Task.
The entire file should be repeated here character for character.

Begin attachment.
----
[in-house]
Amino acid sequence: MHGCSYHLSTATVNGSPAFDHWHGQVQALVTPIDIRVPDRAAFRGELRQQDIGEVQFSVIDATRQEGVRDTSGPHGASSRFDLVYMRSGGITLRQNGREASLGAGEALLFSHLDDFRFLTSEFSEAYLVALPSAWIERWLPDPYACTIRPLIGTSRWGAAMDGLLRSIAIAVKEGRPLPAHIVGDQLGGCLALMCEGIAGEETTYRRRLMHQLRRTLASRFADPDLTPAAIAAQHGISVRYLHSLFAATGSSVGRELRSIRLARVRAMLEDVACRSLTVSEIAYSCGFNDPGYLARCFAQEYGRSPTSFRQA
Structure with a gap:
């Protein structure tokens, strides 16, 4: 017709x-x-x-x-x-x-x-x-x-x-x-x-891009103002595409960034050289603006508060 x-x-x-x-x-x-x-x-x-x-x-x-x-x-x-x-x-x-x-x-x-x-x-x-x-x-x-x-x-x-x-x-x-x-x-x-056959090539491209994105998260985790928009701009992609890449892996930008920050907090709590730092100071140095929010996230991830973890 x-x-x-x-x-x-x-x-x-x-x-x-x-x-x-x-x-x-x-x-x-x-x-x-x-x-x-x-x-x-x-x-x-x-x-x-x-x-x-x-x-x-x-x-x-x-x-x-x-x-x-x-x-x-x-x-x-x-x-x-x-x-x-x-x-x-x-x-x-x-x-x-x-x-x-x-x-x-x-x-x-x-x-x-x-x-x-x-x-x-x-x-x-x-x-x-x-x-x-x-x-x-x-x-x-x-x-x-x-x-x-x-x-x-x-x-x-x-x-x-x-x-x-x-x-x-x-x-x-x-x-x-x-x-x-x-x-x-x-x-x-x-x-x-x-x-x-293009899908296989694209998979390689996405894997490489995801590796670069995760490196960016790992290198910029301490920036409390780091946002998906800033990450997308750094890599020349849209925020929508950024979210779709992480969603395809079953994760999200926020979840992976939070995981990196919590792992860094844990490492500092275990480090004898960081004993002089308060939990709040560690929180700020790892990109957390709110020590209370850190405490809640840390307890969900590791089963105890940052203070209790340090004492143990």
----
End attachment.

[in-house]
Amino acid sequence: MHGCSYHLSTATVNGSPAFDHWHGQVQALVTPIDIRVPDRAAFRGELRQQDIGEVQFSVIDATRQEGVRDTSGPHGASSRFDLVYMRSGGITLRQNGREASLGAGEALLFSHLDDFRFLTSEFSEAYLVALPSAWIERWLPDPYACTIRPLIGTSRWGAAMDGLLRSIAIAVKEGRPLPAHIVGDQLGGCLALMCEGIAGEETTYRRRLMHQLRRTLASRFADPDLTPAAIAAQHGISVRYLHSLFAATGSSVGRELRSIRLARVRAMLEDVACRSLTVSEIAYSCGFNDPGYLARCFAQEYGRSPTSFRQA
Structure with a gap:
């Protein structure tokens, strides 16, 4: 017709x-x-x-x-x-x-x-x-x-x-x-x-891009103002595409960034050289603006508060 x-x-x-x-x-x-x-x-x-x-x-x-x-x-x-x-x-x-x-x-x-x-x-x-x-x-x-x-x-x-x-x-x-x-x-x-056959090539491209994105998260985790928009701009992609890449892996930008920050907090709590730092100071140095929010996230991830973890 x-x-x-x-x-x-x-x-x-x-x-x-x-x-x-x-x-x-x-x-x-x-x-x-x-x-x-x-x-x-x-x-x-x-x-x-x-x-x-x-x-x-x-x-x-x-x-x-x-x-x-x-x-x-x-x-x-x-x-x-x-x-x-x-x-x-x-x-x-x-x-x-x-x-x-x-x-x-x-x-x-x-x-x-x-x-x-x-x-x-x-x-x-x-x-x-x-x-x-x-x-x-x-x-x-x-x-x-x-x-x-x-x-x-x-x-x-x-x-x-x-x-x-x-x-x-x-x-x-x-x-x-x-x-x-x-x-x-x-x-x-x-x-x-x-x-x-293009899908296989694209998979390689996405894997490489995801590796670069995760490196960016790992290198910029301490920036409390780091946002998906800033990450997308750094890599020349849209925020929508950024979210779709992480969603395809079953994760999200926020979840992976939070995981990196919590792992860094844990490492500092275990480090004898960081004993002089308060939990709040560690929180700020790892990109957390709110020590209370850190405490809640840390307890969900590791089963105890940052203070209790340090004492143990």